3. Transition to Remote Work

For a lot of employees, the pandemic completely transformed their relationship with work. Now that remote work is normalized, many companies are embracing it. Many businesses are actually seeing significant benefits to working from home or hybrid work models where staff split time between their home office and the businesses office.

Where possible, embracing remote work allows businesses to drastically downsize their office space, saving money on rent, utilities, and potentially equipment. Instead of extensive facilities to house your entire workforce, you can switch to a remote working model. This will allow you to rent a smaller business space for meetings, interviews, and other functions improved by face-to-face interaction while saving on rent.

While some business leaders have concerns about reduced output when employees work from home, research indicates the opposite. People working from home show a productivity increase of 13%. With no commutes, shorter breaks, and staff able to work in the comfort of their own home, remote work has the potential to reduce overhead costs and improve employee performance.

4. Outsource Operations

Controlling every workflow and performing everything in-house can lead to high overhead costs. Companies can save money by outsourcing specific tasks to specialists, particularly when you only need a narrow set of knowledge and expertise for a short period of time. Examples include accounting services to pay your taxes or marketing agencies when releasing a new product.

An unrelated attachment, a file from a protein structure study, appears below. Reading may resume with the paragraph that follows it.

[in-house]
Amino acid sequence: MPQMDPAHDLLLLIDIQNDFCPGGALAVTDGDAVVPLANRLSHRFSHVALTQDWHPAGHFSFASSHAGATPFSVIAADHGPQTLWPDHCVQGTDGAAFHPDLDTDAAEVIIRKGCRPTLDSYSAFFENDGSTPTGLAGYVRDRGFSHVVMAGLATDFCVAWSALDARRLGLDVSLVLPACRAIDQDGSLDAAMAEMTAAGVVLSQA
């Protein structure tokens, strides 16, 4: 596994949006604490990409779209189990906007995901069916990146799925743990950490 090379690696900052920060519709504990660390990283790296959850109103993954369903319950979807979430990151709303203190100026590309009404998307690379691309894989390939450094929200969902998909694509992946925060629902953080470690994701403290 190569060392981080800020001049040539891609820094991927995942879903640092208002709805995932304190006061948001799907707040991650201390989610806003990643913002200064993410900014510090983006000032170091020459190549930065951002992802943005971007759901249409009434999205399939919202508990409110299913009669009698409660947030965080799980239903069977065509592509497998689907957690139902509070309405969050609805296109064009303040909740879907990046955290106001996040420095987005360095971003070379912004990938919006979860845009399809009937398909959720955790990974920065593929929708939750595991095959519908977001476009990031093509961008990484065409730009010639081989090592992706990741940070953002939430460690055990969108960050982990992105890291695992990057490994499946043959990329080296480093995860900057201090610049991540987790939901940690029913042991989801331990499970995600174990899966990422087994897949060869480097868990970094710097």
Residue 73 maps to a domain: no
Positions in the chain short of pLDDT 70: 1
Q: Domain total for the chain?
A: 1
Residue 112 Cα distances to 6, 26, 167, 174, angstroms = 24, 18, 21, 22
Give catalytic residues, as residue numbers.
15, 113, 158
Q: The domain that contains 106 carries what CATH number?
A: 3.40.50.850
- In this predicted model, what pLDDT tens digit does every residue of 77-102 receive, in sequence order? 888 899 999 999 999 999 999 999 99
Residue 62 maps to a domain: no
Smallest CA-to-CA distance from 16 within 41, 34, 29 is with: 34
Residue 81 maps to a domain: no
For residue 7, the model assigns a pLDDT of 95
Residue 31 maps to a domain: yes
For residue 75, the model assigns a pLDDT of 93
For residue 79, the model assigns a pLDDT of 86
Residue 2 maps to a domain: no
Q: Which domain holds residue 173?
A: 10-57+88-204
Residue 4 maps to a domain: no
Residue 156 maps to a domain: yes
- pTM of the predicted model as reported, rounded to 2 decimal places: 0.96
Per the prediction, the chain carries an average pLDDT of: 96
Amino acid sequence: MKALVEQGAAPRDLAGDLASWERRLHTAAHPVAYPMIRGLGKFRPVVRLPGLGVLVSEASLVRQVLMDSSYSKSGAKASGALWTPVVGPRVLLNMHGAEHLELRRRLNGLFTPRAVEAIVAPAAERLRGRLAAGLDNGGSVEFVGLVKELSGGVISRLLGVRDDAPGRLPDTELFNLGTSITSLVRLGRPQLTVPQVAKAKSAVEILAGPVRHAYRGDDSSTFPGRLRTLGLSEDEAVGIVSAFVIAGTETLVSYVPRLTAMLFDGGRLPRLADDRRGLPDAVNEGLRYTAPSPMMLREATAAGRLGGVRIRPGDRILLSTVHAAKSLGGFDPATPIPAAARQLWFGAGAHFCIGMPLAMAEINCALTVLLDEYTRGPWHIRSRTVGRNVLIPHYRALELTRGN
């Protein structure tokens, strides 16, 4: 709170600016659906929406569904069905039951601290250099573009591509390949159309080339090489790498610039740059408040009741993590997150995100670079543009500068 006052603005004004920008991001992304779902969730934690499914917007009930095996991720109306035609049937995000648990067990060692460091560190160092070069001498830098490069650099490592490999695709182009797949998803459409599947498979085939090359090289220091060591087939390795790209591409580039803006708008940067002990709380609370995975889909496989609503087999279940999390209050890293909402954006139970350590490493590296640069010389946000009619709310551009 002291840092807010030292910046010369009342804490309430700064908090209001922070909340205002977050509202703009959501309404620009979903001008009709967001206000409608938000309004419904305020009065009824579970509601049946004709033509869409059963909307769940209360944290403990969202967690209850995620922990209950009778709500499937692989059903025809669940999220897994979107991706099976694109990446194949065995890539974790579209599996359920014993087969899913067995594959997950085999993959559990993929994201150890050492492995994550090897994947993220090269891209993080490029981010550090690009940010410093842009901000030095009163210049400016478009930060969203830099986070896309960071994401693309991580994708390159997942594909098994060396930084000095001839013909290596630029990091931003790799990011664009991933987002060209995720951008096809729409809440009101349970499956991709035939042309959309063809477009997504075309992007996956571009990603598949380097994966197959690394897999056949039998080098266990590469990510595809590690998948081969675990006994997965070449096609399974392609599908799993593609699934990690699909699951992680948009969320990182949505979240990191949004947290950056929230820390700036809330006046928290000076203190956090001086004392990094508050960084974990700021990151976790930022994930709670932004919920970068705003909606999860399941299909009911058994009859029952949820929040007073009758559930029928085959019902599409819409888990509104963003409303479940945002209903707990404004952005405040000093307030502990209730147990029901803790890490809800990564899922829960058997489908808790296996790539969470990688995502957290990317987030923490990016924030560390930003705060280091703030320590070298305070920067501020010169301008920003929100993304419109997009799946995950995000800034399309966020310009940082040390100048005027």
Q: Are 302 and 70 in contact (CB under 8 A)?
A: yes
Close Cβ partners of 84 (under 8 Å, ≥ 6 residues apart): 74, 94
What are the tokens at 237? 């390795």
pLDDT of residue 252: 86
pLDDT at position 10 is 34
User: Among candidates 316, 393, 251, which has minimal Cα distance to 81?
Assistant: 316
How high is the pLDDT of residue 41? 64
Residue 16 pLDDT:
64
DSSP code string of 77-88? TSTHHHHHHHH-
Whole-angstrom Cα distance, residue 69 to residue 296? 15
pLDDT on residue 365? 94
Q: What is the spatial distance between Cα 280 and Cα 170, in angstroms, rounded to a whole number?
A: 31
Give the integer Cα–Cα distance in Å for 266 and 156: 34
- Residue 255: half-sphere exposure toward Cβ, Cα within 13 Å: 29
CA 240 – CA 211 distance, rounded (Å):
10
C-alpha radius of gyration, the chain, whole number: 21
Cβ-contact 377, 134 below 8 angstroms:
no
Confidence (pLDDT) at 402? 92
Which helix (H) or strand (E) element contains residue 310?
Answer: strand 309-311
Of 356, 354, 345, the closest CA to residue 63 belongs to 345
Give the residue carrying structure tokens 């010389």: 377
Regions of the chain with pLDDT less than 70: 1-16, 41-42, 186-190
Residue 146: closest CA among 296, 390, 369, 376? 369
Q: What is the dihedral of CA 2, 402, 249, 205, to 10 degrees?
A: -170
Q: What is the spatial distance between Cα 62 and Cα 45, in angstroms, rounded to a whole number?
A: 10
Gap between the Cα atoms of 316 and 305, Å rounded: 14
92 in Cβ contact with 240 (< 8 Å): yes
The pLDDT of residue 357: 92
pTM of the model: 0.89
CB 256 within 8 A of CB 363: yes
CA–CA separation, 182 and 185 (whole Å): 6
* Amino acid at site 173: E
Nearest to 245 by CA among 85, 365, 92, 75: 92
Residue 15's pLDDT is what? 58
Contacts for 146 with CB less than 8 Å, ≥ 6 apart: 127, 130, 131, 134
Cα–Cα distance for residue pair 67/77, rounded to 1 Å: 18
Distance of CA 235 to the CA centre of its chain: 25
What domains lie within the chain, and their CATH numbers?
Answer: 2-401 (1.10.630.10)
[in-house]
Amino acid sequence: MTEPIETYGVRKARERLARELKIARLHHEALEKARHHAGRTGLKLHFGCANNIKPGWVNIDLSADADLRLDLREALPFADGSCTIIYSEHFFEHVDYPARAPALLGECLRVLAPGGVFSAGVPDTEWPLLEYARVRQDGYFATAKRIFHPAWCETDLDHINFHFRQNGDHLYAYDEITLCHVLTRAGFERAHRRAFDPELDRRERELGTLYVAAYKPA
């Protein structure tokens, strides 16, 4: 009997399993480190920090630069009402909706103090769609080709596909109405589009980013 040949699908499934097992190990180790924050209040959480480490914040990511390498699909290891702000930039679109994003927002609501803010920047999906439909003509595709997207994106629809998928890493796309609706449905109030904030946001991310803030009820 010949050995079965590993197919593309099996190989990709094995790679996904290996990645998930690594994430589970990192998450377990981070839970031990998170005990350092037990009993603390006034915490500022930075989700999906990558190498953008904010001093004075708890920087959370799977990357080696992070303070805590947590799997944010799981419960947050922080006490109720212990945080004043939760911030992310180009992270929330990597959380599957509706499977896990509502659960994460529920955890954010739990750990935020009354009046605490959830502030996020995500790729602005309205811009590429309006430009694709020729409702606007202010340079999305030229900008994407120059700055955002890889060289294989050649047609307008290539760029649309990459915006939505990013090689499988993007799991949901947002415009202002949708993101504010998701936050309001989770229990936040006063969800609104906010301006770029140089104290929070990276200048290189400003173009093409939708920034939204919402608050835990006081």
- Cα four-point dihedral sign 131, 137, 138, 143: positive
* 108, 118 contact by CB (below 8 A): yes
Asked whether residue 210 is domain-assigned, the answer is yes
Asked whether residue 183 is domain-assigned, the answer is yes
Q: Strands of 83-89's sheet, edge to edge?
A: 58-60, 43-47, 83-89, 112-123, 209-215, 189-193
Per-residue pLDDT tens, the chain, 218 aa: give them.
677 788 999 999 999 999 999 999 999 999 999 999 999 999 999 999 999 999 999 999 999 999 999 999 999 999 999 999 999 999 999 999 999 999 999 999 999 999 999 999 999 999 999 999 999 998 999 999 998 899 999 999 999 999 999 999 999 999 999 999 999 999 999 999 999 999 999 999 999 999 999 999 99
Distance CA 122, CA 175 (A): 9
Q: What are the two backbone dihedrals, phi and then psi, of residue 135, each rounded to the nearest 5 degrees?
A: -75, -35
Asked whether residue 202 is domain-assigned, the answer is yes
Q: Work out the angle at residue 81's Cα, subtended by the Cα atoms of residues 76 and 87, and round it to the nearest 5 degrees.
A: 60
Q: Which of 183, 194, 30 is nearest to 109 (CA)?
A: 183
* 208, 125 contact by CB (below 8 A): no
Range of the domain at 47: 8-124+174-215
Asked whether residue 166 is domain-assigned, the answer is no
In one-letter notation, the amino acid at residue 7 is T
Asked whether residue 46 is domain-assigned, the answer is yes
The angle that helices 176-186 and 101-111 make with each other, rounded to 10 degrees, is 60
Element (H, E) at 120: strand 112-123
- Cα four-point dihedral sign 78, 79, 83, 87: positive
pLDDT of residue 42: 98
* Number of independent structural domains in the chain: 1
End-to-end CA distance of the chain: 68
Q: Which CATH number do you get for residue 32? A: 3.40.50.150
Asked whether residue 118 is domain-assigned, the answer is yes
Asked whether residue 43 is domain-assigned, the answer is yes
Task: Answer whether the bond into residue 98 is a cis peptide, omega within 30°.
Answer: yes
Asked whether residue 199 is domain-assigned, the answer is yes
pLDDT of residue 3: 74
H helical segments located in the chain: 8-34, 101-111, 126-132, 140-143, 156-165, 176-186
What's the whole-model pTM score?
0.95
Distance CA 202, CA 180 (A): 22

Whatever your company needs, there are now developed freelancer networks you can tap into, so you only have to pay for your specific needs. Rather than taking on all the staffing and associated costs of hiring more people (recruitment, larger office space, additional equipment, etc.), outsourcing streamlines operations and improves flexibility. Plus, you can end the relationship or reduce freelancer hours whenever you want.

5. Review Utility Contracts

There are some overhead expenses, such as utilities, that you set up and forget about at the start-up stage of your business. While we all need power, electricity, internet, and heating, they aren’t the most exciting part of running a business.

However, often companies gradually raise prices, hoping we won’t take the time to shop around and look for a better deal. By reviewing your utility contracts and either renegotiating or finding new suppliers with better terms, you can save significant money.

Proactively Managing Overhead Costs

These tips come down to proactively managing your overhead costs and remaining open to new options. Don’t set up your overhead costs and assume they’re fixed for the foreseeable future. Reassess operations and trim the fat if overhead costs exceed your needs. Staying on top of your overhead costs can make a real difference to your bottom line.